Ed Brayton has a post here about prejudice, which I thought was very good, and it brought to mind something I’ve considered blogging about for a while: why is it that I find the Constitution so fascinating?
There are people, you know, who devote their lives to studying some ancient text—often the Bible, sometimes Plato, or Chaucer. Heinrich Schliemann had memorized the entire Odyssey and Iliad, and used it to find Troy. What makes people dedicate themselves to something like that? It’s really the same thing, because the Constitution is a lot like a great literary masterpiece; if a literary classic is something you read again and again, and find something new and fascinating each time, then the Constitution is like that to me. It’s also like a great work of engineering—a mechanism with giant arms sweeping across history, but also with tiny sprockets that click unnoticed into place. It’s old, and has had holes shot through it through the years, yet it still works. It’s an awesome piece of work.
I cannot remember a time when I was not interested in the Constitution. Even as a little child, I loved knowing that there was this rule that would protect me—that I had the right to speak my mind, even in school. (My intense hatred of coercive schooling was very largely responsible for my interest in liberty.) When I was eleven—the year of the Constitution’s bicentennial—I memorized the preamble, and tried to memorize the bill of rights. I got bogged down in the criminal procedure amendments (and still do!). My father bet me $50 that I couldn’t recite the Ninth Amendment, and I couldn’t. I’ve been able to ever since, as you can imagine. My eighth grade history teacher made us copy out the entire Constitution by hand. I was the only one who thought that was cool. I was struck even then by how few things the federal government is really supposed to be doing, compared to what it now does. In ninth grade, one of my teachers made the mistake of telling me* about Tinker v. Des Moines School District. That was the case that did it for me. I loved that I—who was on the bottom of society, a child in a public school, whose wishes and fears counted for nothing in the eyes the authorities who supposedly were instructing me—could use this Tinker thing to help myself. There was an appeal higher than the arbitrary commands of state-credentialed pedagogues. That same year, I discovered the writings of Thomas Jefferson, and the rest is history.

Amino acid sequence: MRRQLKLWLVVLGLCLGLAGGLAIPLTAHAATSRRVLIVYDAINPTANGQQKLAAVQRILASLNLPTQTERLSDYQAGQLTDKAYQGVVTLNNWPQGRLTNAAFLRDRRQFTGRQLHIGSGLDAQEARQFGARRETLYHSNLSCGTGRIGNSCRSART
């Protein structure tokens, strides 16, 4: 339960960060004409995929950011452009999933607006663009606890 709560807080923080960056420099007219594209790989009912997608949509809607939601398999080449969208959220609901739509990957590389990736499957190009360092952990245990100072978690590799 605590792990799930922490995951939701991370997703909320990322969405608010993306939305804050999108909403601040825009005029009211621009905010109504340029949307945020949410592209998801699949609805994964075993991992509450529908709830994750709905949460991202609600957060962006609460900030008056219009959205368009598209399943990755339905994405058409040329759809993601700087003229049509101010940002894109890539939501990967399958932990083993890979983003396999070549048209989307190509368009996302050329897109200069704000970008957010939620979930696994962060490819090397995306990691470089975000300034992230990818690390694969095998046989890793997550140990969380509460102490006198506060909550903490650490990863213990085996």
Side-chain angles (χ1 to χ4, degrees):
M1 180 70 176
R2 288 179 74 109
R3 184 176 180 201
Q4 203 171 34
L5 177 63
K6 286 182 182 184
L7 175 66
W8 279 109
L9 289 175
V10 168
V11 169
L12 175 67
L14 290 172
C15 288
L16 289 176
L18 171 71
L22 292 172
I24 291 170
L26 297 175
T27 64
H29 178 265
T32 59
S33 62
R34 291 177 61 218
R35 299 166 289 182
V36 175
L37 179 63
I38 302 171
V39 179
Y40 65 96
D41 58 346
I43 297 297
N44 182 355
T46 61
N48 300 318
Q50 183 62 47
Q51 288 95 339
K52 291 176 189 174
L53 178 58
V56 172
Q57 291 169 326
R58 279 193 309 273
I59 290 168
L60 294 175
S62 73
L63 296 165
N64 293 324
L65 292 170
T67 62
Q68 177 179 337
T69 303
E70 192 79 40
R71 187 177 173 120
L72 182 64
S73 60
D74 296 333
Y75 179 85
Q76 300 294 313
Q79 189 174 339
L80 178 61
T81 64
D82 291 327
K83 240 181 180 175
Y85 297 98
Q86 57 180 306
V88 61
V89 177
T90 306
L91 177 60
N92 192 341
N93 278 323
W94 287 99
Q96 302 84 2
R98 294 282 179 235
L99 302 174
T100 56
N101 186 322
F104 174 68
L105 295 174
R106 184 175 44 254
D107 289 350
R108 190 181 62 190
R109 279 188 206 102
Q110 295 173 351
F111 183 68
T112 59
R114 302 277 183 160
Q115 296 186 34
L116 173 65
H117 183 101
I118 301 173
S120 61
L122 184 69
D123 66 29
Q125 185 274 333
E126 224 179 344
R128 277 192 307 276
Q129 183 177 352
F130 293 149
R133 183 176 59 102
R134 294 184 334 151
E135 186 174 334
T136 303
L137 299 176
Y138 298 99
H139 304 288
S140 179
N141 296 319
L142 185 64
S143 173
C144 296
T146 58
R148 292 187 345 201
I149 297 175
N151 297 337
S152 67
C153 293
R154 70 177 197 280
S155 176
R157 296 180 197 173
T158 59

The Constitution is an example of ideas making a difference. It stands—despite many horrifying exceptions—as a weapon and a shield for even the weakest person. And it stands for the idea that human beings can make a thing that will last; that life does not have to be, as one blogger put it recently, a choice between being robbed by one or by another arbitrary tyrant. Instead it can be a place where, as Jefferson said, government “shall restrain men from injuring one another, shall leave them otherwise free to regulate their own pursuits of industry and improvement, and shall not take from the mouth of labor the bread it has earned.”
In Tinker, the Constitution reached out its hand to me—me! an unimportant child sitting in a classroom with something to say and a “teacher” who just wanted me to shut up. It is incredibly sad to think that there are people for whom the Constitution does not operate as it ought to—who cannot reach for it, or, worse, whose right to its protection is denied by their fellow citizens; the poor, the politically unpopular—be they landlords in Berkeley or homosexuals in Alabama; a white man discriminated against by racial quotas or a black woman treated as a destined loser by a prejudiced bureaucracy; a homosexual couple wanting to be married or a businessman wanting to keep his earnings—whose right to freedom is denied. When I was a child, the idea that I could appeal to the protection of the Constitution—that, as Paul told his jailer he was a Roman citizen, so I could tell my jailers that “It can hardly be argued that…students…shed their constitutional rights to freedom of speech or expression at the schoolhouse gate.” 393 U.S. 503, 505—was immensely liberating. The Constitution makes the same promise to all of us. It is incredibly sad that circumstance, and ignorance, and prejudice, and envy, and supposedly “modern” notions like positivism and “living constitutionalism” and the drug war and moral authoritarianism, &c., break that promise. But I retain my faith that in the end, that promise will be fulfilled.
On the wall of my office is a poster of Frederick Douglass with a quote: “There is no negro problem. The problem is whether the American people have loyalty enough, honor enough, patriotism enough, to live up to their own constitution.” The same could be said of the “woman problem” and the “drug problem” and the “environmental problem” and the “homosexual problem”—and of the problem child at Kolb Junior High School in Rialto, California.
*-Update: I should clarify. I discovered Tinker myself, through my own reading. I asked a teacher about it, and of course she knew nothing about it, and referred me to another teacher, who simply recommended that I go to the law library and look it up. I did. As I said, I was a precocious ninth grader.